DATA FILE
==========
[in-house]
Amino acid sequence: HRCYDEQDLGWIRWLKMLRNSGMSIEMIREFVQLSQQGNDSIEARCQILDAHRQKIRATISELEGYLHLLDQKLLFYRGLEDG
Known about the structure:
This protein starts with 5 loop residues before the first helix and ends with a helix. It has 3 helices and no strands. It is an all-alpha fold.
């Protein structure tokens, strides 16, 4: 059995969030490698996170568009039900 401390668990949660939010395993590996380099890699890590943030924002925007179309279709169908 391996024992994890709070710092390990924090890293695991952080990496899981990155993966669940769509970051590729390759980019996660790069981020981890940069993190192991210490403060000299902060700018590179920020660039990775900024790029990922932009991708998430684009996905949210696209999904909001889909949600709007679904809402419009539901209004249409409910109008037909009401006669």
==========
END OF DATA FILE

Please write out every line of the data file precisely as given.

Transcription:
[in-house]
Amino acid sequence: HRCYDEQDLGWIRWLKMLRNSGMSIEMIREFVQLSQQGNDSIEARCQILDAHRQKIRATISELEGYLHLLDQKLLFYRGLEDG
Known about the structure:
This protein starts with 5 loop residues before the first helix and ends with a helix. It has 3 helices and no strands. It is an all-alpha fold.
């Protein structure tokens, strides 16, 4: 059995969030490698996170568009039900 401390668990949660939010395993590996380099890699890590943030924002925007179309279709169908 391996024992994890709070710092390990924090890293695991952080990496899981990155993966669940769509970051590729390759980019996660790069981020981890940069993190192991210490403060000299902060700018590179920020660039990775900024790029990922932009991708998430684009996905949210696209999904909001889909949600709007679904809402419009539901209004249409409910109008037909009401006669």